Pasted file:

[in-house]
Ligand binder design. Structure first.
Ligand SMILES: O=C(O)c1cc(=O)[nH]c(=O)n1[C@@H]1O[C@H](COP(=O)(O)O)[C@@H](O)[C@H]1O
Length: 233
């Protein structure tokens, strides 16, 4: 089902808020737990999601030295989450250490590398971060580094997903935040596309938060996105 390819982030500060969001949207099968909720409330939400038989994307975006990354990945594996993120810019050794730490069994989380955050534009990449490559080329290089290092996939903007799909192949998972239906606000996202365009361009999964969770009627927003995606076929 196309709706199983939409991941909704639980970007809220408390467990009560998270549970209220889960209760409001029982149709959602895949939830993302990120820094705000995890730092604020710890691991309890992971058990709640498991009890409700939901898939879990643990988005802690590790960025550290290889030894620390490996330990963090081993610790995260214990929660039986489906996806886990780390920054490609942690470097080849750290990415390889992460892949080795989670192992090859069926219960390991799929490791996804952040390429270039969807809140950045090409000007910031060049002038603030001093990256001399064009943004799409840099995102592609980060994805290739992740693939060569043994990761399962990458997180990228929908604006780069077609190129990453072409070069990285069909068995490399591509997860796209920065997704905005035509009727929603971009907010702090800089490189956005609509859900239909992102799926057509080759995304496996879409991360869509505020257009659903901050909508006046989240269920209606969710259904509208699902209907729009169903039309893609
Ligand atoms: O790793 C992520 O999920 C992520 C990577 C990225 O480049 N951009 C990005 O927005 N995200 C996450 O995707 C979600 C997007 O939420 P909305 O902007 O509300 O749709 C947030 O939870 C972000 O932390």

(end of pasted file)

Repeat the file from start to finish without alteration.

[in-house]
Ligand binder design. Structure first.
Ligand SMILES: O=C(O)c1cc(=O)[nH]c(=O)n1[C@@H]1O[C@H](COP(=O)(O)O)[C@@H](O)[C@H]1O
Length: 233
């Protein structure tokens, strides 16, 4: 089902808020737990999601030295989450250490590398971060580094997903935040596309938060996105 390819982030500060969001949207099968909720409330939400038989994307975006990354990945594996993120810019050794730490069994989380955050534009990449490559080329290089290092996939903007799909192949998972239906606000996202365009361009999964969770009627927003995606076929 196309709706199983939409991941909704639980970007809220408390467990009560998270549970209220889960209760409001029982149709959602895949939830993302990120820094705000995890730092604020710890691991309890992971058990709640498991009890409700939901898939879990643990988005802690590790960025550290290889030894620390490996330990963090081993610790995260214990929660039986489906996806886990780390920054490609942690470097080849750290990415390889992460892949080795989670192992090859069926219960390991799929490791996804952040390429270039969807809140950045090409000007910031060049002038603030001093990256001399064009943004799409840099995102592609980060994805290739992740693939060569043994990761399962990458997180990228929908604006780069077609190129990453072409070069990285069909068995490399591509997860796209920065997704905005035509009727929603971009907010702090800089490189956005609509859900239909992102799926057509080759995304496996879409991360869509505020257009659903901050909508006046989240269920209606969710259904509208699902209907729009169903039309893609
Ligand atoms: O790793 C992520 O999920 C992520 C990577 C990225 O480049 N951009 C990005 O927005 N995200 C996450 O995707 C979600 C997007 O939420 P909305 O902007 O509300 O749709 C947030 O939870 C972000 O932390």